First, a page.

Ex- governor Peter Obi delivered a speech on Covenant Christian Center’s “Platform” that has reverberated around the nation and generated reviews from all quarters. The message was made more poignant by its simplicity. In fact, Obi’s analysis was so simple you need help to misunderstand it. The summary is that state governments in Nigeria are being run at more than double the cost.
Some of the areas through which public funds are wasted according to Obi are the office of the first lady (with an allocation of 2 billion naira per annum) which only serves “to cause confusion”, an entourage of as many as 30 people every time the governor travels within the country costing a minimum of N3million per trip, a convoy of 15 cars, including 2 bullet-proof vehicles at N75 million each, over-inflated procurement and construction contracts among other things. In two of the examples he cited, Obi as governor, reduced the cost of executing the projects by about 500 per rcent.
Let us analyse the situation a little further by comparing the income of Anambra State to that of some other states. At the end of 2013 (the period Obi was governor), the then minister of Finance, Dr Ngozi Okonjo Iweala released the list of states with the highest allocation from the Federal Government. Interestingly, Anambra was not among the first 10. Delta (the home state of the Niger Delta Avengers), was third on the list. This list shows that the highest allocations went to – Akwa Ibom (N260 billion or $1.7 billion as at 2013),Rivers (N230 billion or $1.5 billion),Delta (N209 billion or $1.3 billion) and Bayelsa (N173 billion or $1.1 billion).
When the list of states with the highest allocations is placed alongside the list of states owing salaries another interesting phenomenon is revealed- some of the states with the highest allocations are in the list of states owing salaries. Concerning non-payment of salaries it is pertinent to note that the payment of salaries within the stipulated period is the minimum responsibility an employer owes an employee. Yet, some of these states owe as much as 5 months’ arrears of salaries despite the Federal Government’s “bail out” funds disbursed early in the year.
In the course of his speech, Obi also declared that at hand-over, he did not owe pensions or gratuities even though he met a debt of N35 billion in pensions and gratuities. This statement is important because most governors have not considered the remuneration of our senior citizens apriority. One of Obi’s predecessors was infamously reported to have referred to pensioners as “dead woods”. The crime these gentlemen and ladies who had given the best years of their lives to the service of the state committed was demanding that several months of arrears of pensions be paid.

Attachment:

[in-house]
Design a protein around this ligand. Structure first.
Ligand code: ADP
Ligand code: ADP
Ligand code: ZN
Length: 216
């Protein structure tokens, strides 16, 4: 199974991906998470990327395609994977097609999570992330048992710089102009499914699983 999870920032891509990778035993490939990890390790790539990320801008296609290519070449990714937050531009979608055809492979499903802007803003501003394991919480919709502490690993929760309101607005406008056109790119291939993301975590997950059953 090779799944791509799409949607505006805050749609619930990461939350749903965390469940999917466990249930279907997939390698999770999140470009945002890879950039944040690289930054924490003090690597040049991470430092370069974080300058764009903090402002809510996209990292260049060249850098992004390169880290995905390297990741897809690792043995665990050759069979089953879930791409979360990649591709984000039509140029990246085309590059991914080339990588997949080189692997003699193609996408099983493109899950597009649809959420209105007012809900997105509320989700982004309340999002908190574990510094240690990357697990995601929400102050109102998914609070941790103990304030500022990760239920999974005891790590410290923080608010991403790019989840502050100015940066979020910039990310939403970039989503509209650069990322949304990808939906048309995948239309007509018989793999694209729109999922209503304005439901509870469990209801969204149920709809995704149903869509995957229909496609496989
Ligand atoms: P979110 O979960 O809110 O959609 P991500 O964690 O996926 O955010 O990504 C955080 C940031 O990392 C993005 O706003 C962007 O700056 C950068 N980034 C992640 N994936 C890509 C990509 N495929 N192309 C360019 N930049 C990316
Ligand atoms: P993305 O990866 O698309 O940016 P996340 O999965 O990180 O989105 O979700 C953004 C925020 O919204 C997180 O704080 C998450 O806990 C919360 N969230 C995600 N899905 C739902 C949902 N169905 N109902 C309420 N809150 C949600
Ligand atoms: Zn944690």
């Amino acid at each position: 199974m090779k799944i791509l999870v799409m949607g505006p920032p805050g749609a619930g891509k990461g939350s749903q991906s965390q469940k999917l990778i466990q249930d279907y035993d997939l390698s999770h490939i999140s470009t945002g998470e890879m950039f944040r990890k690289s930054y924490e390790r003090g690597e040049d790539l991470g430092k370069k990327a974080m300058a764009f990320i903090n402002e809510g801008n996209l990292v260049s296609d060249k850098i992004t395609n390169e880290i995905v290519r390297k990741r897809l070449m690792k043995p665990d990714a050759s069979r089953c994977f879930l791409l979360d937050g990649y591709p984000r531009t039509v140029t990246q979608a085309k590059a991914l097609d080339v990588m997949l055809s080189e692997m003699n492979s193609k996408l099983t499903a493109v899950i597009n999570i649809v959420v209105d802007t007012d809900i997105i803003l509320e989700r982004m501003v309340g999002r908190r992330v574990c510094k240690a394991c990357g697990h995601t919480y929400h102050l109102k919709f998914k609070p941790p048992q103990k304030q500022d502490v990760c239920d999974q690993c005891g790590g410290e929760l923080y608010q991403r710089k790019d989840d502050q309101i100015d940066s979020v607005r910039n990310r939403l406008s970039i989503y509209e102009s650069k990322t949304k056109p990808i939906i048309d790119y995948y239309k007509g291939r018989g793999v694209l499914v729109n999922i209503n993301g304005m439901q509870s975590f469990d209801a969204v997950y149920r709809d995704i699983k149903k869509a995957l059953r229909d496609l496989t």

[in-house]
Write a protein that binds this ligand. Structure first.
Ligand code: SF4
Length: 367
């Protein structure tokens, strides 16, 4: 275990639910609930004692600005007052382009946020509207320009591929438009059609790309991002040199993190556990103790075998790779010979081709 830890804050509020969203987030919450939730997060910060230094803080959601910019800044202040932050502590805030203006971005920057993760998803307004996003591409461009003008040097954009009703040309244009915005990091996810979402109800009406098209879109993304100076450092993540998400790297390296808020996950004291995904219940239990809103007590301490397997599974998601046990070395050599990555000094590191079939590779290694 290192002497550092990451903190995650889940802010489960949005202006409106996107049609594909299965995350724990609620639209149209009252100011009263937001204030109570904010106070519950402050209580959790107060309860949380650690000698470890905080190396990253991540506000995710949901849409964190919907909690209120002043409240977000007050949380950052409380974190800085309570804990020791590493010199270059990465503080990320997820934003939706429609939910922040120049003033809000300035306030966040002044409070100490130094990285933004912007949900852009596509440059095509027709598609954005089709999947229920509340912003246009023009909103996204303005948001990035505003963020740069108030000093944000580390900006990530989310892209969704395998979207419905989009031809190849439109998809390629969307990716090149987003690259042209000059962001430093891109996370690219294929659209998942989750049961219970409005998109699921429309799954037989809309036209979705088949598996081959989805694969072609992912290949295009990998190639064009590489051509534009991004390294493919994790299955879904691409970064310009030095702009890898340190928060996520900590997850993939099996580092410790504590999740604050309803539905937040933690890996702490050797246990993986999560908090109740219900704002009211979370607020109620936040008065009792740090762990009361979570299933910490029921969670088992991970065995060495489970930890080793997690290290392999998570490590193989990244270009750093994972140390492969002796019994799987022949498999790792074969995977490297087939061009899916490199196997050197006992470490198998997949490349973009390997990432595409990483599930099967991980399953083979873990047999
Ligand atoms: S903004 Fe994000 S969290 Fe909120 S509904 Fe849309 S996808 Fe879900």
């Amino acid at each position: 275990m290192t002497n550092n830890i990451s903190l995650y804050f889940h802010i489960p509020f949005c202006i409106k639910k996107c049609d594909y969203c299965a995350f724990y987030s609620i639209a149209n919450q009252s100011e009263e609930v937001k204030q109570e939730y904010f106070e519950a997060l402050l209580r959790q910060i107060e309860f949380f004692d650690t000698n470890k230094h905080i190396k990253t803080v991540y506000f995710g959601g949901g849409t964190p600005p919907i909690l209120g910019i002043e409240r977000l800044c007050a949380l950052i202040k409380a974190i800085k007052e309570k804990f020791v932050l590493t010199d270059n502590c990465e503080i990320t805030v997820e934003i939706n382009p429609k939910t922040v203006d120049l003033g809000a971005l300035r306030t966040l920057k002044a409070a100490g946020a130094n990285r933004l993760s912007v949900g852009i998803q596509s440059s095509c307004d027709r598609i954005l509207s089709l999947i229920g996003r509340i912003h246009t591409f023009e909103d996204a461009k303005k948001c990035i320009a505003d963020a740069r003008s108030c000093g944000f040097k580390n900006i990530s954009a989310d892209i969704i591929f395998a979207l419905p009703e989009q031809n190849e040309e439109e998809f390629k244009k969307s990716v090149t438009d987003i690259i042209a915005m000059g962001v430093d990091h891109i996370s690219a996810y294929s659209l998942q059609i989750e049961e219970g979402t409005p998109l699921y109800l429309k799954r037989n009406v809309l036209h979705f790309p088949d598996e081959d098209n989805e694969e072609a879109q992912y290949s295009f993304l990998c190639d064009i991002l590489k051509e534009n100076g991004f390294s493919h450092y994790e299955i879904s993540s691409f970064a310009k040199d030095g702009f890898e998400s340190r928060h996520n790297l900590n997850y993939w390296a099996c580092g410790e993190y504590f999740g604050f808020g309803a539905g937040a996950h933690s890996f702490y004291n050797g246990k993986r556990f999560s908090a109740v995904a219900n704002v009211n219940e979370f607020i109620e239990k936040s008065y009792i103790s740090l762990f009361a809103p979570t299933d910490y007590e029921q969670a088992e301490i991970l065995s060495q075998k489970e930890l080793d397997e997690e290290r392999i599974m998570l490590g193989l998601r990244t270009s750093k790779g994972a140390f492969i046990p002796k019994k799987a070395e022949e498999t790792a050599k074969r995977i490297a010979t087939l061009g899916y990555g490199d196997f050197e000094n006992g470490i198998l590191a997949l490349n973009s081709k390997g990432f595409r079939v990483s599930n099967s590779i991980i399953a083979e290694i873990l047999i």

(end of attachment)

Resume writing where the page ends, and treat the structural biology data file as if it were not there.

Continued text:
Obi’s legacy coupled with the resourcefulness of his successor, have put Anambra on the list of top producing states agriculturally. The state is on its way to becoming self-sufficient in rice production by 2017 and is poised to become a major exporter of vegetables. These achievements are more remarkable considering that Anambra State has the second smallest land mass in Nigeria and receives no oil revenue.
We can deduce from Obi’s analysis that the debtor states are not meeting their obligations not because they are not “viable” but because the resources (especially in the oil-rich areas) of the states, are being plundered. Political vampires have literally sucked the blood of their citizens. Most of these vampire-governors leave the state house and buy their ways to the Senate but most of the time their seats are empty when proceedings at the National Assembly (NASS) are shown on TV.
The NASS on the other hand, has gulped a sizable proportion of national recurrent expenditure for the past few years. The NASS budget of N115 billion this year is more than the annual budget of 15 states in Nigeria. State budgets however, provide for thousands of citizens while the NASS budget is meant to service 409 individuals. Nigerian senators and members of the House earn more than N200 million in allowances per annum aside “lobbying” fees and of course the gains that we have just discovered accrue from budget “padding”. So, no one needs to rob a bank in Nigeria or become a kidnapper or drug baron because getting into the NASS will yield higher dividends with less effort and risk.
In conclusion, the search for an alternative to crude oil seems superfluous after listening to Obi’s presentation because it is clear that we are in a self-induced recession. The solution proffered by Peter Obi Esq., is simple: cut down on the cost of governance, reduce executive and legislative brigandage and invest in revenue generating projects. In Obi’s opinion, the national budget can be partly financed without borrowing or selling assets.
The big question then is, what are the implications of these revelations to millions of Nigerians living below the poverty line and the increasing number of jobless youth despite the abundant resources in our nation? What should the response of the people to these facts be? The popular reply is, “vote them out in the next election”. No! We should call them to account NOW. We need to go beyond applauding Obi and his exploits in government 3 years ago, and play our part NOW. We must demand that our representatives represent us. We the people , labour unions, trade unions, student unions and any other Nigerian with a sense of decency and dignity, should demand a CHANGE. We need to march to the legislative houses in the states and the FCT and demand ACCOUNTS. The oppressed people of Nigeria need to go beyond rhetoric and take action NOW.
— Ogoazi is a Lagos- based public affairs analyst